Survey Shows High Percentage of Middle Market Businesses are Considering Changing Banking Providers
- Jan 22, 2009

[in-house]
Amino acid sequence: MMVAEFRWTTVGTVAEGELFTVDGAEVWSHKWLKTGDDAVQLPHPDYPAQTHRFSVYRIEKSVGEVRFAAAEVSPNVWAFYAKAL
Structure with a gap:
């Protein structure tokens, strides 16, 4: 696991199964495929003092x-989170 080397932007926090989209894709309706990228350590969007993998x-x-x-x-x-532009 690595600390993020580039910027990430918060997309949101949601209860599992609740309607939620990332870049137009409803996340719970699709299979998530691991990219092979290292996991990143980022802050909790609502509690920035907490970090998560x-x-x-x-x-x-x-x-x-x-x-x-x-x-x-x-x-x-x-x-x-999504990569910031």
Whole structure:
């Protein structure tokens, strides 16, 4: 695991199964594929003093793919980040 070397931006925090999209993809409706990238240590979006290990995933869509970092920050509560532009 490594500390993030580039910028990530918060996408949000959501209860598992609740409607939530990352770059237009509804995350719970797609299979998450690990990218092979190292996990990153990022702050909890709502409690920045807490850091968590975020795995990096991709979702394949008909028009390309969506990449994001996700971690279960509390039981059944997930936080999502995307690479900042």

By Erika Schnitzer, Associate EditorNew York—A bank’s willingness to extend credit is among the top reasons senior financial executives at middle market businesses cite as consideration for changing their banking providers, according to recent surveys of the TNS Commercial Banking Momentum Monitor (CBMM)—a research study of mid-sized companies—and the TNS Bank Advisory Board—an online community of financial decision makers.For this survey, TNS defines middle markets as any business or government entity with annual revenues of $3 million to $2 billion. Finance, insurance and real estate companies represented 12 percent of the survey sample, and construction companies represented 10 percent.Typically, only 4 percent of middle market banking relationships are up for grabs each year, according to Glenn Staada, vice president, program manager for the TNS Commercial Banking Momentum Monitor. Recently, about 20 percent of those surveyed say they are considering changing banking providers. With the economic crisis, “middle market clients are worried about the financial stability of their banks and their willingness to extend credit, which is forcing them to change relationships,” Staada tells MHN. The surveys found that the five most important factors in gauging the commitment of middle market businesses to their banks were their financial stability (39 percent), the willingness of the bank to extend credit (15 percent), the strength of the relationship between the client and the primary contact at the bank (8 percent), the pricing on all products and services (7 percent), and security measures that the bank offers (6 percent).“For the real estate industry, those banks that really form a partnership and work with these companies and extend credit where reasonable will be the banks that will be positioned to succeed and help real estate start freeing up that credit flow,” explains Staada. “Banks are really going to have to walk that fine line between demonstrating resistance on the credit side and showing that they are not going to be engaging in the reckless behavior that got them into this mess, but when it is responsible, banks will extend credit and jumpstart the economy,” he predicts.The survey shows that the real estate industry has been the most likely to have made a change to their debt position or investments as a result of the financial crisis, and they continue to be the industry most often seeking new sources of credit over the past few months. Whereas only 23 percent of respondents said their business has changed their debt position, 39 percent of those in the real estate industry said their business has done so.Respondents said that confidence in their banks and the degree to which the bank can offer customized solutions are important in evaluating new banking providers. “In this new environment, banks are going to have more pressure to come up with new products and services to help new clients,” says Staada, adding that respondents feel their banks need to do a better job understanding their clients’ business needs.Staada adds, “It looks like the top banks in the nation are going to be susceptible to losing shares, and the second tier of banks that were not gambling with sub-prime mortgages and have cleaner balance sheets are positioned well to skim off relationships.”In terms of the future, Staada notes that the real estate executives surveyed were generally less optimistic about the near future than those in other industries. A fourth quarter CBMM business outlook report indicates that, while 51 percent of overall respondents were optimistic and 13 percent were pessimistic regarding their business outlook over the next six months, the real estate services industry was the least hopeful of all those surveyed: 41 percent answered positively while 17 percent responded negatively.